Remedies For Breach of Conciliation Agreements

by Gregory Williams, Esq. | Under Washington State Human Rights Commission (WSHRC) regulations, what are the remedies for breach of conciliation agreements? Here’s my point of view (NOTE: please read our DISCLAIMER before proceeding).

WASHINGTON LAW AGAINST DISCRIMINATION

Under the Washington Law Against Discrimination (WLAD), it is an unfair practice, with very few exceptions, for an employer to refuse to hire any person, to discharge or bar any person from employment, or to discriminate against any person in compensation or in other terms and conditions of employment because of age (40+); sex (including pregnancy); marital statussexual orientation (including gender identity); race; color; creed; national origin; honorably discharged veteran or military status; HIV/AIDS and hepatitis C status; the presence of any sensory, mental, or physical disability or the use of a trained dog guide or service animal by a person with a disability; and state employee or health care whistleblower status. It is also an unfair practice for an employer to retaliate against an employee because the employee complained about job discrimination or assisted with a job discrimination investigation or lawsuit.

WASHINGTON STATE HUMAN RIGHTS COMMISSION

The WSHRC was established by the Washington State Legislature in 1949, and it "is a state agency responsible for administering and enforcing the Washington Law Against Discrimination." WSHRC Official Website, last accessed 4/18/18. One of its powers, inter alia, is the ability "to receive, impartially investigate, and pass upon complaints alleging unfair practices as defined in ... [the WLAD]." RCW 49.60.120(4).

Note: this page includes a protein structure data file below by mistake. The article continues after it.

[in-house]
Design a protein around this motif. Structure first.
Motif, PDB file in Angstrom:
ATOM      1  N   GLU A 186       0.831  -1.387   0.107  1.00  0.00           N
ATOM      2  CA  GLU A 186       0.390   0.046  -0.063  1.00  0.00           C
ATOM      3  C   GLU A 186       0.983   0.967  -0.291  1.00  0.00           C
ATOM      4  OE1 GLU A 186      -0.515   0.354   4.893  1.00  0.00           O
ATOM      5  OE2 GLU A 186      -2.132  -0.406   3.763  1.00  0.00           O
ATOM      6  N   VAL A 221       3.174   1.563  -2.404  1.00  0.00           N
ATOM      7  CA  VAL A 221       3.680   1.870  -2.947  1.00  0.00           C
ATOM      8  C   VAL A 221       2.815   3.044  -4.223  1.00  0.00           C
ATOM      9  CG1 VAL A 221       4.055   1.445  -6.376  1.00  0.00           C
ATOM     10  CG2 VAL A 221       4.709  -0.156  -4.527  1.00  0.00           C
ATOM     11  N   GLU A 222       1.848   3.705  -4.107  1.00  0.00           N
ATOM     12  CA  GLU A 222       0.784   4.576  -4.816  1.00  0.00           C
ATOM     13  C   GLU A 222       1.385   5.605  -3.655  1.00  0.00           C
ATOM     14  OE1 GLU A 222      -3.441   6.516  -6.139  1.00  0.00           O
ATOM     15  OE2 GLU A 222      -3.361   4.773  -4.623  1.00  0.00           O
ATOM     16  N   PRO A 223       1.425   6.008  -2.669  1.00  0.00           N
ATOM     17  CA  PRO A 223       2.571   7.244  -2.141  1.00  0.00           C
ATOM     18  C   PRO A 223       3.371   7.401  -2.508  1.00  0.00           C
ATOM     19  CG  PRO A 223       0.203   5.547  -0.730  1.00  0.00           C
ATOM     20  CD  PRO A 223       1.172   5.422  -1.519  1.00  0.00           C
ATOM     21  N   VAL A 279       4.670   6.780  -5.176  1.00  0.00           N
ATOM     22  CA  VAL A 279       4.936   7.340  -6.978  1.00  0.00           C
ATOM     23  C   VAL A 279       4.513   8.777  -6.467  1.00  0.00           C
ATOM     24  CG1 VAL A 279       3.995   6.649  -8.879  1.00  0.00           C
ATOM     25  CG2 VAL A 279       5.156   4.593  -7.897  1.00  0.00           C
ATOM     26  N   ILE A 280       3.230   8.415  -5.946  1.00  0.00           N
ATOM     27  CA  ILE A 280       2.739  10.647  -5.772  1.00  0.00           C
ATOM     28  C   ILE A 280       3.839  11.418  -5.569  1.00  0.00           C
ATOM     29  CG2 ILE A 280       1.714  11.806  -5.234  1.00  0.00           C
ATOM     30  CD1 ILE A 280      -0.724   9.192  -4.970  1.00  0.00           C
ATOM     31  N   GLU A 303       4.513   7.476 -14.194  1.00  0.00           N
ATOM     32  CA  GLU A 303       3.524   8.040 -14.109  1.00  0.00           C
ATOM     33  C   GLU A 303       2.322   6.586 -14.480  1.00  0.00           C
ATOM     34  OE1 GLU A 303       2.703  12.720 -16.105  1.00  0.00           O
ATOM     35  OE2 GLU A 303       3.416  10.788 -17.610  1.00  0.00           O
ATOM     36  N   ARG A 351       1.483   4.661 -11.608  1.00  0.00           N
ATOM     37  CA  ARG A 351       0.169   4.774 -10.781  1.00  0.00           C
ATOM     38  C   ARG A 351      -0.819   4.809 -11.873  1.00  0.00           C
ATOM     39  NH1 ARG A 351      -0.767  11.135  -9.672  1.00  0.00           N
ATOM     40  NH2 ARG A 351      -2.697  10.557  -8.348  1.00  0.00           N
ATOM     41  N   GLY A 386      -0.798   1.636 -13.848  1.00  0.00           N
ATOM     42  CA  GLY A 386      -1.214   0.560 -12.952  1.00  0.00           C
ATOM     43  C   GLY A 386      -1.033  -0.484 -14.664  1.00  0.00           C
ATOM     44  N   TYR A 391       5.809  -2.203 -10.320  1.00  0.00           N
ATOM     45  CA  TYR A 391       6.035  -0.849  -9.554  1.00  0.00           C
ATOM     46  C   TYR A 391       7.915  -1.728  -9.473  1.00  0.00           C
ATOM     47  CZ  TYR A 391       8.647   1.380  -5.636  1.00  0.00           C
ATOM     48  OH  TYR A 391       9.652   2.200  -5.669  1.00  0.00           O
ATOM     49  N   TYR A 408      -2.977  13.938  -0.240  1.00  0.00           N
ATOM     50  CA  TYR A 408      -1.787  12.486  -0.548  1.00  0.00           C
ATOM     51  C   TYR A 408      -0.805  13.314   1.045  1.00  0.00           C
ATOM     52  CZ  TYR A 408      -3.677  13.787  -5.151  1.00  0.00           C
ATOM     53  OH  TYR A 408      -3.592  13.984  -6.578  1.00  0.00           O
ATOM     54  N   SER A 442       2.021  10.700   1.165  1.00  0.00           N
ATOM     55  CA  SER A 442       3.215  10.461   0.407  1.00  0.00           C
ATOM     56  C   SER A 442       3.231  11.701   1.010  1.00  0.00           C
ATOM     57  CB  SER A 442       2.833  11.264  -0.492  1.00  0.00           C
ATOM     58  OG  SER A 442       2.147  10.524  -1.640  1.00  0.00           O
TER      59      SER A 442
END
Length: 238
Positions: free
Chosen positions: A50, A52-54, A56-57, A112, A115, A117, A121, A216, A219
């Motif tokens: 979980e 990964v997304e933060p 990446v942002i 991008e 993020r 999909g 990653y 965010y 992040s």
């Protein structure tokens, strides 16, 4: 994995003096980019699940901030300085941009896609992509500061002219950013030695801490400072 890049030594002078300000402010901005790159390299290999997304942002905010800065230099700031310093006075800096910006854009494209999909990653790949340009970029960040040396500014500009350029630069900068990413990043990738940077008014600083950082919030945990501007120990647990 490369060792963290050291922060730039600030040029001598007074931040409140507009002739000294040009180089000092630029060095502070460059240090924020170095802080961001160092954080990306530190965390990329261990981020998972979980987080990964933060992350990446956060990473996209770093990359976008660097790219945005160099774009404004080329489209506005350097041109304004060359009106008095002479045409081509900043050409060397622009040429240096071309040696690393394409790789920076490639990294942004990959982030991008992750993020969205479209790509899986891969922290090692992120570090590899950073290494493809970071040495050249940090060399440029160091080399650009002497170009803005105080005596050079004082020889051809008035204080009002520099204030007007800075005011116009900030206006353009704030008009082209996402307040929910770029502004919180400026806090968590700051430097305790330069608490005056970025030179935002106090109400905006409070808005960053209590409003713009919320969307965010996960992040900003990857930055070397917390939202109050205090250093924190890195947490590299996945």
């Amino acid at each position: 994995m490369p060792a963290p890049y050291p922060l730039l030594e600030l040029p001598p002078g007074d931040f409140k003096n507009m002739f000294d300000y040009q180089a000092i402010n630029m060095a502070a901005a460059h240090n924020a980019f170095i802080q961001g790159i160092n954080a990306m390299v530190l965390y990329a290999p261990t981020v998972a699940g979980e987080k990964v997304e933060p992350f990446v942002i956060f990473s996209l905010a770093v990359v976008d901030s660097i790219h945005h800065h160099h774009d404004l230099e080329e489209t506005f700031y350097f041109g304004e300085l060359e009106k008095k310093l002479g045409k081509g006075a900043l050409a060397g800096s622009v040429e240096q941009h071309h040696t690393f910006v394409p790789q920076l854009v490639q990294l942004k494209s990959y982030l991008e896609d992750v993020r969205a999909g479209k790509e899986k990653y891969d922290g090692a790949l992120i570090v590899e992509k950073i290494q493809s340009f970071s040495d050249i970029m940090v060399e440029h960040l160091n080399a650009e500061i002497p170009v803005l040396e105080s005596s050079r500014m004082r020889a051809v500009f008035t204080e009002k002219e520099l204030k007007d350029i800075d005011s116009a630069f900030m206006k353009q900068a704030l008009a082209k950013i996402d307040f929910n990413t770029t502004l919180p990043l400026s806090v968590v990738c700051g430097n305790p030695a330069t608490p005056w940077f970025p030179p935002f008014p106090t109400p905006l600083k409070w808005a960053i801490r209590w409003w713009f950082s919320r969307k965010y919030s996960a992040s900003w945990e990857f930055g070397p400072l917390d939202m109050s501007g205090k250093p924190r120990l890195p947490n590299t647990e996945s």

"If the facts as stated in the complaint do not constitute an unfair practice under ... [WLAD], a finding of no reasonable cause may be made without further investigation." RCW 49.60.240(1)(a). However, "[i]f the facts as stated could constitute an unfair practice under ... [WLAD], a full investigation and ascertainment of the facts shall be conducted." Id. And "[i]f the finding is made that there is reasonable cause for believing that an unfair practice has been or is being committed, the commission's staff shall immediately endeavor to eliminate the unfair practice by conference, conciliation, and persuasion." RCW 49.60.240(3) (emphasis added). Within the employment context, "the task of the commission [in effectuating conciliation] is to endeavor to eliminate the unfair practice through agreement with the respondent." Such agreements are termed "conciliation agreements."

REMEDIES FOR BREACH OF CONCILIATION AGREEMENTS

Occasionally, respondent's fail to honor the terms of WSHRC conciliation agreements. In that case, "[i]f an agreement and order for the elimination of an unfair practice made under RCW 49.60.240 is breached, the executive director may take action appropriate in the circumstances, including one or more of the following:"
(1) Specific enforcement. Bringing an action in superior or district court for specific enforcement of the agreement, or for damages pursuant to the conciliation agreement;
(2) Setting aside. Recommending to the commissioners that the agreement and order be set aside, in whole or in part, and that the case be returned to the staff for renewed conference, conciliation and persuasion, or to be referred to commission counsel for hearing; or
(3) Report to prosecuting attorney. Reporting the violation to the appropriate prosecuting attorney for prosecution under RCW 49.60.310.
WAC 162-08-109 (emphasis added).


LEARN MORE

If you would like to learn more, then consider contacting an experienced Washington State Employment Discrimination Attorney as soon as possible to discuss your case. Please note: the information contained in this article is not offered as legal advice and will not form an attorney-client relationship with either this author or Williams Law Group, PS; please see our DISCLAIMER.

Tuesday, July 24, 2018

Accent Discrimination In WA State

by Gregory Williams, Esq. | Under the Washington Law Against Discrimination, is it illegal for employers to discriminate against employees based upon foreign accentHere's my point of view (NOTE: please read our DISCLAIMER before proceeding). 

WASHINGTON LAW AGAINST DISCRIMINATION